Requirements to use these posts to do the something similar;

  • SharePoint 2010, and appropriate access to be able to create;
    • a SharePoint 2010 List
    • a web part web page
    • use SharePoint Designer 2010 to edit the web part web page (some companies may have restricted this capability. In which case you’re out of luck and you wont be able to follow these instructions.)
  • A set of data, including location information, that you wish to plot using Google Maps

Note! This example makes use of the Google Maps V2 API (which has been deprecated already, but still works) along with jQuery.

Additional posts in this series

If you follow the steps outlined above you should be able to end up with a Google Maps displayed on a SharePoint page that looks something like;


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Plotting SharePoint List Data on a Google Map – Part 1

Posted by Steven Kennedy on April 11, 2011

At the beginning of March I attended a Google Technology User Group meeting where the presentation was about the use of Google Maps and Fusion Tables. I have a short post Fusion Tables and Google Maps about the meeting and a quick example that I cobbled together.

The use of Fusion Tables got me thinking about something that I’d played with a year or so ago. Using a SharePoint List to provide data to a Google Map. I did some work at the time to see if I could make this happen, borrowing greatly from the Internet as I’m not a JavaScript developer. I had some limited success but then as they say ‘stuff happened’ and I wasn’t able to pursue it. The meeting on Fusion Tables got be thinking about it again so off I went to the Internet to see what’s out their. This time for SharePoint 2010.

I came across a good posting called Plotting Your SharePoint 2010 List Data on a Google Map by Kyle Schaeffer. This posting gives pretty good instructions on who to use the Google Maps v2 API and jQuery to generate markers on a Google Map based on SharePoint List data.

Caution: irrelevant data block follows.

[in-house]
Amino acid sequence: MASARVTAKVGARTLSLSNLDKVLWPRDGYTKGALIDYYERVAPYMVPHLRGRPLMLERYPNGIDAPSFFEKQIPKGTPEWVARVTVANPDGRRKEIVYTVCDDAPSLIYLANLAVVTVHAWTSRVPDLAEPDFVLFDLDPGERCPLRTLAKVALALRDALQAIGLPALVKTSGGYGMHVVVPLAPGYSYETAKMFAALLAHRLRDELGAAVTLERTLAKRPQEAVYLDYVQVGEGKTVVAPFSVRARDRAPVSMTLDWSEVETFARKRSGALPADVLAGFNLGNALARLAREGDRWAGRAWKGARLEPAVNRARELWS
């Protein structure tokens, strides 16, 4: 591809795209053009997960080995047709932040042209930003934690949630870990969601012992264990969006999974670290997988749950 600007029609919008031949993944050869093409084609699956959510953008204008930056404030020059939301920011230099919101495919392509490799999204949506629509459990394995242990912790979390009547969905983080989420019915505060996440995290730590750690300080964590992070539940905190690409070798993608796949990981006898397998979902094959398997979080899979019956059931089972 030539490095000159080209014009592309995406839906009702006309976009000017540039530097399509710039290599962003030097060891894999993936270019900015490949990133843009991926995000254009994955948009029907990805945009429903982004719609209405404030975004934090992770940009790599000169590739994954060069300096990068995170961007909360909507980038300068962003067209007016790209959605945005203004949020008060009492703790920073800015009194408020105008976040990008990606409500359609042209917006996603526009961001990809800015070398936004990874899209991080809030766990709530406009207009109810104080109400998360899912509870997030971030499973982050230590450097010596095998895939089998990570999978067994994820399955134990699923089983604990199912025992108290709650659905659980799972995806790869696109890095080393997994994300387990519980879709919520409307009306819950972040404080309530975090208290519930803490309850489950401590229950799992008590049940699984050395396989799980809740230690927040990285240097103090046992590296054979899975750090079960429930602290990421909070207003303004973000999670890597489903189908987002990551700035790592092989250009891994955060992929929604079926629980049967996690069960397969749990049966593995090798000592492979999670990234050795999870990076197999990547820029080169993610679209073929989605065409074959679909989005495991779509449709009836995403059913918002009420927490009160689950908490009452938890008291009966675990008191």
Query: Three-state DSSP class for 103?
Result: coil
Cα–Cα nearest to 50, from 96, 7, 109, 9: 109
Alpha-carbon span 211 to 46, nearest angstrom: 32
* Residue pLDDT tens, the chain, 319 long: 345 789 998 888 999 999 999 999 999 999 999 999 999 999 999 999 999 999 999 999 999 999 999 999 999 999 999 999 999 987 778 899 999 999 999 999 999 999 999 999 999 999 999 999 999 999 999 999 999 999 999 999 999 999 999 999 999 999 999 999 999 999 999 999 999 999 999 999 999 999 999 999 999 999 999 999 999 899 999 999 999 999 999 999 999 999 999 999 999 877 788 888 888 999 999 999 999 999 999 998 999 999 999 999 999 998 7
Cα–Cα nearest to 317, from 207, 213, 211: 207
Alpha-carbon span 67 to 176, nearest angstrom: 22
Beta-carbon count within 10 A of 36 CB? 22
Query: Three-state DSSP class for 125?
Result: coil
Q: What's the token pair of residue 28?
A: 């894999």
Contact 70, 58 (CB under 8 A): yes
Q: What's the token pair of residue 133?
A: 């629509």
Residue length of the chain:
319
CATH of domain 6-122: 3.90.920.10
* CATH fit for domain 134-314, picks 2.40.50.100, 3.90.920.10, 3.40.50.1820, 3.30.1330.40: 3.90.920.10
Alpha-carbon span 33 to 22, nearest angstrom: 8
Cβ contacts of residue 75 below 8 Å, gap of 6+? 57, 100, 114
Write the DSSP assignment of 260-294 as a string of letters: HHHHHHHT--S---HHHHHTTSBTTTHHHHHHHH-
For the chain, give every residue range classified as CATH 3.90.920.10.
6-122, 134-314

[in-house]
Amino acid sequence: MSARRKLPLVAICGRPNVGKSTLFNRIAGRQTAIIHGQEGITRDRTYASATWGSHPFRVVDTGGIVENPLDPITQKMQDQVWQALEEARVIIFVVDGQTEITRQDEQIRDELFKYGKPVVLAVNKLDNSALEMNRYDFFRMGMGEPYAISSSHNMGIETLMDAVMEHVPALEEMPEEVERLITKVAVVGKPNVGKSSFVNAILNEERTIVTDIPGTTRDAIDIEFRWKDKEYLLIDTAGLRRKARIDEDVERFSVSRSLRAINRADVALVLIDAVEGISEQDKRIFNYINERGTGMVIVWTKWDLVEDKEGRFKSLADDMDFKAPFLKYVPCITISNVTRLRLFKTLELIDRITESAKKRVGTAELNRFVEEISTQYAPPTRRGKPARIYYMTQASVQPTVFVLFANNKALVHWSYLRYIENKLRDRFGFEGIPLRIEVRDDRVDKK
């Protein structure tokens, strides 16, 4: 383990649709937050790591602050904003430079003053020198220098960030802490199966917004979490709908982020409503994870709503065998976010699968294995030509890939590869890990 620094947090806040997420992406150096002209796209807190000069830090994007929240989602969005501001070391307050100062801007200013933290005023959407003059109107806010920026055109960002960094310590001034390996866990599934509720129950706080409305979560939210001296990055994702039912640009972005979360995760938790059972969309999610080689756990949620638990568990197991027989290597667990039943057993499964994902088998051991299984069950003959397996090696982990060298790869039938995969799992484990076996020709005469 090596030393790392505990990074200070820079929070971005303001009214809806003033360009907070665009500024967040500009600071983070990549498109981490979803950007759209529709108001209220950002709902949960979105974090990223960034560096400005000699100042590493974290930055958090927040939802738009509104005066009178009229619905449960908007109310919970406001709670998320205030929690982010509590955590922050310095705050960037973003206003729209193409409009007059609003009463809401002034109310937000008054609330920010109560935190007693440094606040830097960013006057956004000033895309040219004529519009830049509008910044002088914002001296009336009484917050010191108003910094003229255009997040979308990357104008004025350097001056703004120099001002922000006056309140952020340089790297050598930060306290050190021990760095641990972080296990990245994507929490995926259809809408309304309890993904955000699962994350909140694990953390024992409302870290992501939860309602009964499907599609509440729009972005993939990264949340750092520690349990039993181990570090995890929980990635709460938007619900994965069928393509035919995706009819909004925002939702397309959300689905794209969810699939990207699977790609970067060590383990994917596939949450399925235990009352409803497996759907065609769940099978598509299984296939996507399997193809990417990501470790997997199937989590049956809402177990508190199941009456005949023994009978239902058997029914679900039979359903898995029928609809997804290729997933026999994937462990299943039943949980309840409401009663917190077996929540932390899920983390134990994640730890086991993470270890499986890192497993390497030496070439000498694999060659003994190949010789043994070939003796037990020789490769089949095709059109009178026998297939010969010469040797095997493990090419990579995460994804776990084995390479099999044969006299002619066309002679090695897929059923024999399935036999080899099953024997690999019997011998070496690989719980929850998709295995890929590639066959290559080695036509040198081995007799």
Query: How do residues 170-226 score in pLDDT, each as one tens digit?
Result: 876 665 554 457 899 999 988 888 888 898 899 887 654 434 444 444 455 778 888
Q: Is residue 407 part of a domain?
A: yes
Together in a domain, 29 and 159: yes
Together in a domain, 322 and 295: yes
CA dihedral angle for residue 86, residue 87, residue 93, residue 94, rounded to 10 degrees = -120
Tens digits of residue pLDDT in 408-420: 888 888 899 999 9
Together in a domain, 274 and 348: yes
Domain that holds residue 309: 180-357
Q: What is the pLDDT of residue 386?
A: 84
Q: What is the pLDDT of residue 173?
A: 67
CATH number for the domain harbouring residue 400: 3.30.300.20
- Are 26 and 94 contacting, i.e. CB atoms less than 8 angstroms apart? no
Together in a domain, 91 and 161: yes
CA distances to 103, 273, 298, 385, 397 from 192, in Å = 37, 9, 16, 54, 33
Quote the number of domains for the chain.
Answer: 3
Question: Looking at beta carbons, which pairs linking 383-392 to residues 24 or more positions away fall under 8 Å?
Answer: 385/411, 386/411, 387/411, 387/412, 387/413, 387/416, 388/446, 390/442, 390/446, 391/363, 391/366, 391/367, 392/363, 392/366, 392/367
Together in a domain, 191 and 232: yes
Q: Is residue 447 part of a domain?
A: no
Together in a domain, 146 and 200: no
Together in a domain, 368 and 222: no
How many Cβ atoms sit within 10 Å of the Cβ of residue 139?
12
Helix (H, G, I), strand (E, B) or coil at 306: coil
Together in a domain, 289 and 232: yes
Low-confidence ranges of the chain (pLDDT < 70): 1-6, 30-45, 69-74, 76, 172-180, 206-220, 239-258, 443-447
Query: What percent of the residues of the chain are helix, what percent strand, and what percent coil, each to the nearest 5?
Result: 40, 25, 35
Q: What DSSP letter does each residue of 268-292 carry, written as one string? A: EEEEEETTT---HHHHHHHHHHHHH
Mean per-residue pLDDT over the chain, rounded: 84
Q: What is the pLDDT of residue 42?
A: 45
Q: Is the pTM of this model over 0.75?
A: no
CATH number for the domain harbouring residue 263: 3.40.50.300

However, I did run in to a number of issues in trying to follow Kyle’s instructions, based mainly I believe on the fact that he’s writing for experienced developers, which I’m not.

So, a few of the things that I ran in to;

  • SharePoint List Data – In Kyle’s example the address data is held in a multi-line field. In mine it wasn’t. Kyle explains how to reference the data from his example but not for a general case. I had to work that out. He also talks about how to change the class name but again doesn’t say how. I still haven’t figured this bit out.
  • Google Map in relation to the SharePoint List data. I found out the hard way, a couple of hours of it not working, that you need to ensure that you’re SharePoint List appears on the page ABOVE the Google Map
  • GeoCoder – this is the function of taking an address and getting the corresponding Latitude/Longitude that can be used by Google Maps. What isn’t mentioned in Kyle’s post is that there are limits to the number of Geocodes you can do per day, and the speed at which it’ll respond. There’s also no error checking. I found this out the hard way when I tried to plot just under 200 points. Not all of them where being displayed. It turned out to be a combination of inaccurate addresses and the speed at which I was calling the geocode function. I did try putting in a time delay but that didn’t seem to help.

So what did I take away from Kyle’s post. Well the two most important elements to making it work, that of making the SharePoint List available and most importantly how to cycle through each entry in the list in order to obtain the relevant data to put a marker on the map.

In Plotting SharePoint List Data on a Google Map – Part 2 I’ll start to detail how I took Kyle’s instructions as a basis for producing a Google Map with clickable custom markers based on data from a SharePoint List.

The picture below depicts what I ended up with in Plotting SharePoint List Data on a Google Map – A series of company sites with custom icons used to indicate the number of employees on site. The icons are clickable and display the address information, number of employees at the site as well as a link to step zoom to the location. The location depicted below is an old address of mine when I lived in Los Angeles many years ago.


Posted in Google, SharePoint 2010 | Tagged: , | 1 Comment »